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A Quarterly Journal
Jeffrey Woodward, Founder & General Editor
Volume 8, Number 4, December 2014

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Gary LeBel
Cumming, Georgia, USA


Papyri in Illinois

She strikes me as a bit crazy at first, flitting about like the squirrels that are scurrying over the limbs of her tall, serious oaks: she greets us as if she hadn't had a visitor in a decade while showing us inside to look at her 'treasures.' We'd followed her handwritten signs announcing a 'Barn Sale' for you couldn't miss them along the last few hundred yards or so before reaching her modest stick-built house and the barn that dwarfs it, its wide doors slid invitingly open. Like an overflowing brook, in less than a minute we learn that she's divorced, has survived cancer, wears a reddish-brown wig that hints at chemotherapy, and that she's an avid reader who's given her best volumes away—most of them once her father's—to the local library that's 'starving for classics' as is most any small American town where you'd find a string of bars and churches to one under-funded Temple of Learning.

It must be through
the wide chinks between the boards
that the past slips out now and then
for the meadow that islands it
is spread with flowers

Inside, you find everything from tractor parts to sun dresses to skinny fifties ties; there's tarnished silverware and derelict vacuum cleaners, old lace curtains with thin brass rods, forty year-old magazines arranged in row after dusty row on card tables in a more or less obedient chaos, the detritus of living.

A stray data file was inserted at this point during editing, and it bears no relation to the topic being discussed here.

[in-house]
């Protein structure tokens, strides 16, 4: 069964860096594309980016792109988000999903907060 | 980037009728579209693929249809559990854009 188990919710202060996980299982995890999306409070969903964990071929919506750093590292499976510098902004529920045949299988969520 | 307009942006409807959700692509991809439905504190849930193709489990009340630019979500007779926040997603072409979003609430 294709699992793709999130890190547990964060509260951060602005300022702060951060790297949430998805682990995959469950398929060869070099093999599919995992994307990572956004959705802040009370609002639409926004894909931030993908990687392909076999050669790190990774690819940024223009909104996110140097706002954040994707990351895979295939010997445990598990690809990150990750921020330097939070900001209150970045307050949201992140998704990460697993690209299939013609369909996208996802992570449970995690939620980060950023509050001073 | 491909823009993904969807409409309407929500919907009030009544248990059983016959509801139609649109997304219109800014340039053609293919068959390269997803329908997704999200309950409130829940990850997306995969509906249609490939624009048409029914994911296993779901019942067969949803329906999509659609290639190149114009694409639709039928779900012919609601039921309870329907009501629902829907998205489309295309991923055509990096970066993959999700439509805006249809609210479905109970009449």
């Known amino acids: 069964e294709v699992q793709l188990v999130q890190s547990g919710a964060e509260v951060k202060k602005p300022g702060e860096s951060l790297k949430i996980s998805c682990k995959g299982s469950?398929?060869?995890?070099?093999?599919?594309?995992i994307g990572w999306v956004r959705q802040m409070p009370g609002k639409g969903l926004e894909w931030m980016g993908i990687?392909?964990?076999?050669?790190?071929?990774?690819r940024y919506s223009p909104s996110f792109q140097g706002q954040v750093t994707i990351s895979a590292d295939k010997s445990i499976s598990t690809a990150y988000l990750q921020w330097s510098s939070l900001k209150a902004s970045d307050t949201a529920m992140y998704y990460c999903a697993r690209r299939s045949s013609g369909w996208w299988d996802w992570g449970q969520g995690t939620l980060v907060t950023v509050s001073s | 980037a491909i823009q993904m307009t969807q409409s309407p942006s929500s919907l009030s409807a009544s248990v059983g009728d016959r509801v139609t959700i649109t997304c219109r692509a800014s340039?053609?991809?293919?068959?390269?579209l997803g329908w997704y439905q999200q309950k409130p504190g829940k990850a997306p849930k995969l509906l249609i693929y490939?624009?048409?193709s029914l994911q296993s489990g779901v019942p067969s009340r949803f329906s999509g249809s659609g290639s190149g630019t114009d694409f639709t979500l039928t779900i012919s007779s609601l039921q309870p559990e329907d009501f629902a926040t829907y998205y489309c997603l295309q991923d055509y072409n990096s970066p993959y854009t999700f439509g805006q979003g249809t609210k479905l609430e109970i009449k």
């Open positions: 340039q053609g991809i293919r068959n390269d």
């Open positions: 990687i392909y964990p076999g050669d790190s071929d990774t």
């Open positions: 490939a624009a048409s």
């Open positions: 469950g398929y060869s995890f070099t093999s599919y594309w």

"Do you have any books left?" I ask her. "A few. Over there," she says pointing. Stacked in two cardboard boxes I find old leather-bound hymnals and odd little tomes in turn-of-the-century type, mold-spotted, brittle and yellowed, with titles like What Every Bride Should Know clasped with a red ribbon to What Every Groom Should Know, and there's a glossy oil company's guide to Saudi Arabia devoid of a single woman's face. And wedged in among these, there's a small thin volume entitled Come Swiftly to Your Love. My brain elbows the forgetful tenant that shares its house: C'mon, you've heard of this: think, man, think!

Still at a loss, I open it to the delight of finding Ezra Pound: they are his translations after ancient Egyptian love poems. I'd read some of them in anthologies years back and admired them. The little hardback had been brought out by Hallmark of all publishers, and was adorned with dated but colorful sixties illustrations by Tom di Grazia, a gem.

For bibliophiles, this is the reward for ranging through smelly thrift shops and flea markets and numberless others' handprints, all to find yet another of the world's great voices poured into a few ounces of paper, hardboard, linen and type. I could probably have found it easily online, but that method lacks a journey, as each new discovery warms you with the kind of excitement Averroës must have felt when he unfurled, ever-so-gently, some newly-discovered scroll to translate and study and pass on to us.

"What do you want for it?" I say, having obviously surrendered, the worst mistake you can make while bargaining. "Ten, but I'll take three, from you," she says with a wink.

Driving on towards Missouri afterwards, I wondered about its provenance, about the ardor of the buyer and, if it had one, its effects on the receiver, for books hold as many lives within them as words.

. . . after swimming all day
                    how the naiad has woven dawn into dusk
            leaving a sweet scent of lake
in your long auburn hair
            raining down through a kiss . . .

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